Before I get into the details, please note:
- I’m using Meteor 1.2 and the latest version of WebStorm 11.
- Client-side debugging works fine, at least using the Chrome Web Inspector, client-side logging is shown in the console.
My issue is I can’t get server-side debugging to work. I’ve now tried all of the following to no avail:
meteor debug and launching Node Inspector (it hooks into my Meteor instance but doesn’t log anything server side or hit any breakpoints I’ve set using
debugging; statements in the code, code execution was not suspended)
- Launching Meteor from WebStorm,
putting console.log() statements all over the place. Nothing would get printed, breakpoints wouldn’t be hit
meteor shell and trying to see logging there
- Using Atom IDE instead, however this is not suitable for me because of a company proxy which the Atom plugin manager isn’t able to circumvent (doesn’t route proxy info).
Looks like this was a side effect of upgrading to WS 11 from WS 10 without doing a clean install. After completely uninstalling WS 10 and cached settings and installing WS 11 this now works.
So how do you do this exactly?
My webstorm doesnt react in any way to the breakpoints I set in server code.
What exact versions of WebStorm/Meteor are you using now?
Meteor 1.1 and Webstorm 12, win7
meteor debug also doesnt respond to breakpoints(
Did you sort this out? You did not mention that you had set the NODE_OPTIONS env variable. It is another option for debugging. See article here: http://www.meteorpedia.com/read/Debugging.
You said that you used the
debugging; statement? I think you need to use
debugger; statement. I am getting
debugging; as undefined.
debugger; statement will break into the debugger.
Also, note: there are a couple of interesting twists to debugging.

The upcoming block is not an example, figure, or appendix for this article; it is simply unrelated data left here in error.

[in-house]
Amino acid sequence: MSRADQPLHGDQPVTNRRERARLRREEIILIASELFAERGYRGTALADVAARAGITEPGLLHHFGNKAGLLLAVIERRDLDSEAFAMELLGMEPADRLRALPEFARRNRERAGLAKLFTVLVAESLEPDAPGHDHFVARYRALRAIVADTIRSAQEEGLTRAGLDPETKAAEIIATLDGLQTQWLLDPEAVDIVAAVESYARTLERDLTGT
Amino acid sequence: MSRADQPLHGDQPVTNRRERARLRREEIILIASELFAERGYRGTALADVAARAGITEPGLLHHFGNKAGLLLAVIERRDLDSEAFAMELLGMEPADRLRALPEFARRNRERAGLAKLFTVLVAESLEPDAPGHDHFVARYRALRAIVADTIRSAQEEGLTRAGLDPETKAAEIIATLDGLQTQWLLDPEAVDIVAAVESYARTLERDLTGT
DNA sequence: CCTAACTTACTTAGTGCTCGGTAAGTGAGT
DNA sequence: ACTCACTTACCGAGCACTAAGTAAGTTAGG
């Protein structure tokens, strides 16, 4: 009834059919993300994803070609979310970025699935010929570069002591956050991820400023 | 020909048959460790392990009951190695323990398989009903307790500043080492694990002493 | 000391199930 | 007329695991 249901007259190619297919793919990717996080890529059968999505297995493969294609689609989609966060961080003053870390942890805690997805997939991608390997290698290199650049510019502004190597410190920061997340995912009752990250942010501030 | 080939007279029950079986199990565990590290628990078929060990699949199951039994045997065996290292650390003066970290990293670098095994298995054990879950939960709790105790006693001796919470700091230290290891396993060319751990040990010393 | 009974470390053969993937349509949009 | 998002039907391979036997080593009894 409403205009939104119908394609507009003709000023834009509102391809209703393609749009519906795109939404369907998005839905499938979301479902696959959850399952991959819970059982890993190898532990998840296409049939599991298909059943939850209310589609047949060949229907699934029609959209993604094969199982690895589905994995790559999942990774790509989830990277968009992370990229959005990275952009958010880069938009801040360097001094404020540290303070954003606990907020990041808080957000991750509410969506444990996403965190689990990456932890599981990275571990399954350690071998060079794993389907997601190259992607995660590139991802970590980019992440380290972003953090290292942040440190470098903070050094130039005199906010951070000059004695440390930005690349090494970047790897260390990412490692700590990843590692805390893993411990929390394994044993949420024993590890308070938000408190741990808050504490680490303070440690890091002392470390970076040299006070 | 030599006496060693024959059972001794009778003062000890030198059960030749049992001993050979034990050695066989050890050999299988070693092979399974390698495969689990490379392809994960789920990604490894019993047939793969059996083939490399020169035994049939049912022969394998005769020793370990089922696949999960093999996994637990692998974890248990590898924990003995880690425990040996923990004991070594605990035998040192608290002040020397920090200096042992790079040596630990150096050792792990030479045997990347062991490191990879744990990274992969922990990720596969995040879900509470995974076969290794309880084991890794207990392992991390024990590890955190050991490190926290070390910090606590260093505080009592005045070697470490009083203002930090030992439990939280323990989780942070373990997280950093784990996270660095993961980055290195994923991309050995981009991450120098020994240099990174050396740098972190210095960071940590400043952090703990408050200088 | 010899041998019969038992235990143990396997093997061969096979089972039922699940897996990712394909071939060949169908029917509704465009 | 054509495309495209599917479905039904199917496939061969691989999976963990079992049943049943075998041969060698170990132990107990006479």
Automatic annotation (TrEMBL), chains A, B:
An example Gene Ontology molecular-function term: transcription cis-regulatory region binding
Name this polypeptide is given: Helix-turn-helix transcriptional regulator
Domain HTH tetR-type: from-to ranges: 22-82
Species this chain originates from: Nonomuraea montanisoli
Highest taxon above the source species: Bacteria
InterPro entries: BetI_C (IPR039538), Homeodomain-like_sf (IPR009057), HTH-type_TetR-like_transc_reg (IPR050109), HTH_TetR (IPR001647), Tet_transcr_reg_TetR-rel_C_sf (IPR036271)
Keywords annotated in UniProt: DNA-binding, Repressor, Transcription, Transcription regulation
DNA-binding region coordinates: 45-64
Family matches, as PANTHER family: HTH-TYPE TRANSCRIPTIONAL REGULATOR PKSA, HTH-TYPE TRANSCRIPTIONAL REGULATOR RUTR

1: Debug non-initialization code for flexibility use
NODE_OPTIONS=--debug. What happens is the debugger is connected when the node-debug command is executed. The process will be running and this is typically after all initialization has taken place. This is fine for non-initialization debugging sessions. e.g. you have a breakpoint based on a user action somewhere in the code.
NODE_OPTIONS=--debug is flexible because a debugger does not need to be attached, it is just that it can be. So you can just leave this environment variable and simply attach a debugger when you encounter a problem. Note:
debugger; statements have no effect unless a debugger is attached. Useful while developing code.
2: Debug initialization code. Break into the debugger at the start of the process. Either use
NODE_OPTIONS=--debug-brk or you can use the
meteor debug command. This will break the process into the debugger at the start. When you start the debugger it will be at the beginning of the process and paused. Then all of your breakpoints set in the initialization code will be hit. If you use
debugger; statements with a
NODE_OPTIONS=--debug state the
debugger; statements will not be hit until a debugger is attached.
meteor debug or
NODE_OPTIONS=--debug-brk is inflexible because a debugger MUST be connected to continue the process, but it allows you to get at the initialization code.
One way to go is to simply leave
NODE_OPTIONS=--debug during development. When you hit a coding bug, just connect a debugger. If you hit an initialization code bug you can restart and run
Also note: console.log statements need to be in the server code to be seen in the console that you used to start the meteor process. If they are in the client then they will show up in the debug console of the browser session.
Cheers and good luck.